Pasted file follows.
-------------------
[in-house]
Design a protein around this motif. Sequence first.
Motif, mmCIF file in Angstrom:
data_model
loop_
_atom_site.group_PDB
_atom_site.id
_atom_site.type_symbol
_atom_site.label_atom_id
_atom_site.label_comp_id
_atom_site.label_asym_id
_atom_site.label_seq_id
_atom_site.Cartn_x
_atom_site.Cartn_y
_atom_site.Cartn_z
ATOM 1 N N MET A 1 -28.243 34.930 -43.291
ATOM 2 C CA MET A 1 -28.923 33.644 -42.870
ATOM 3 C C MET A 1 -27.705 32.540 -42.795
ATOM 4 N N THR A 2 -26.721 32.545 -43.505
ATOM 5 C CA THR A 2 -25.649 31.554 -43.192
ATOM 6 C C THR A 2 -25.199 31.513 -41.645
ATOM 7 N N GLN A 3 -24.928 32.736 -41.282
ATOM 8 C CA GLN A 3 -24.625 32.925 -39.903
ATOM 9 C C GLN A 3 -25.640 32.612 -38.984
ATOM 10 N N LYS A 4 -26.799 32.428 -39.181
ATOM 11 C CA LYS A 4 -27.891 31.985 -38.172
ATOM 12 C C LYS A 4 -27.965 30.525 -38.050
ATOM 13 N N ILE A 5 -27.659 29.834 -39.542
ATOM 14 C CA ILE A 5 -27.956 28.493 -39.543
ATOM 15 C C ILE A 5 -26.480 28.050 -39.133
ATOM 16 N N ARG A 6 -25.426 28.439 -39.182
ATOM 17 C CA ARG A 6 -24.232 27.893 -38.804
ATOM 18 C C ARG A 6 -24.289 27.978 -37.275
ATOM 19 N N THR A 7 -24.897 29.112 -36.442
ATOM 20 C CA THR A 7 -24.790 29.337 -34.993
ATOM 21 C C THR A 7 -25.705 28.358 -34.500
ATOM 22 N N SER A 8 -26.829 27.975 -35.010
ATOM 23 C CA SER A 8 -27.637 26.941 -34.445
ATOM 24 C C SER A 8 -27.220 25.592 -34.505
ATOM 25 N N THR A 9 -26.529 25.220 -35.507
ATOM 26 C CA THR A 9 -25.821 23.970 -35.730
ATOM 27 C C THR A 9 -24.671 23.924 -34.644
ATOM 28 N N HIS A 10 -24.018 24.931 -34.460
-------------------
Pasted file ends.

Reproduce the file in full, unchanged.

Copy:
[in-house]
Design a protein around this motif. Sequence first.
Motif, mmCIF file in Angstrom:
data_model
loop_
_atom_site.group_PDB
_atom_site.id
_atom_site.type_symbol
_atom_site.label_atom_id
_atom_site.label_comp_id
_atom_site.label_asym_id
_atom_site.label_seq_id
_atom_site.Cartn_x
_atom_site.Cartn_y
_atom_site.Cartn_z
ATOM 1 N N MET A 1 -28.243 34.930 -43.291
ATOM 2 C CA MET A 1 -28.923 33.644 -42.870
ATOM 3 C C MET A 1 -27.705 32.540 -42.795
ATOM 4 N N THR A 2 -26.721 32.545 -43.505
ATOM 5 C CA THR A 2 -25.649 31.554 -43.192
ATOM 6 C C THR A 2 -25.199 31.513 -41.645
ATOM 7 N N GLN A 3 -24.928 32.736 -41.282
ATOM 8 C CA GLN A 3 -24.625 32.925 -39.903
ATOM 9 C C GLN A 3 -25.640 32.612 -38.984
ATOM 10 N N LYS A 4 -26.799 32.428 -39.181
ATOM 11 C CA LYS A 4 -27.891 31.985 -38.172
ATOM 12 C C LYS A 4 -27.965 30.525 -38.050
ATOM 13 N N ILE A 5 -27.659 29.834 -39.542
ATOM 14 C CA ILE A 5 -27.956 28.493 -39.543
ATOM 15 C C ILE A 5 -26.480 28.050 -39.133
ATOM 16 N N ARG A 6 -25.426 28.439 -39.182
ATOM 17 C CA ARG A 6 -24.232 27.893 -38.804
ATOM 18 C C ARG A 6 -24.289 27.978 -37.275
ATOM 19 N N THR A 7 -24.897 29.112 -36.442
ATOM 20 C CA THR A 7 -24.790 29.337 -34.993
ATOM 21 C C THR A 7 -25.705 28.358 -34.500
ATOM 22 N N SER A 8 -26.829 27.975 -35.010
ATOM 23 C CA SER A 8 -27.637 26.941 -34.445
ATOM 24 C C SER A 8 -27.220 25.592 -34.505
ATOM 25 N N THR A 9 -26.529 25.220 -35.507
ATOM 26 C CA THR A 9 -25.821 23.970 -35.730
ATOM 27 C C THR A 9 -24.671 23.924 -34.644
ATOM 28 N N HIS A 10 -24.018 24.931 -34.460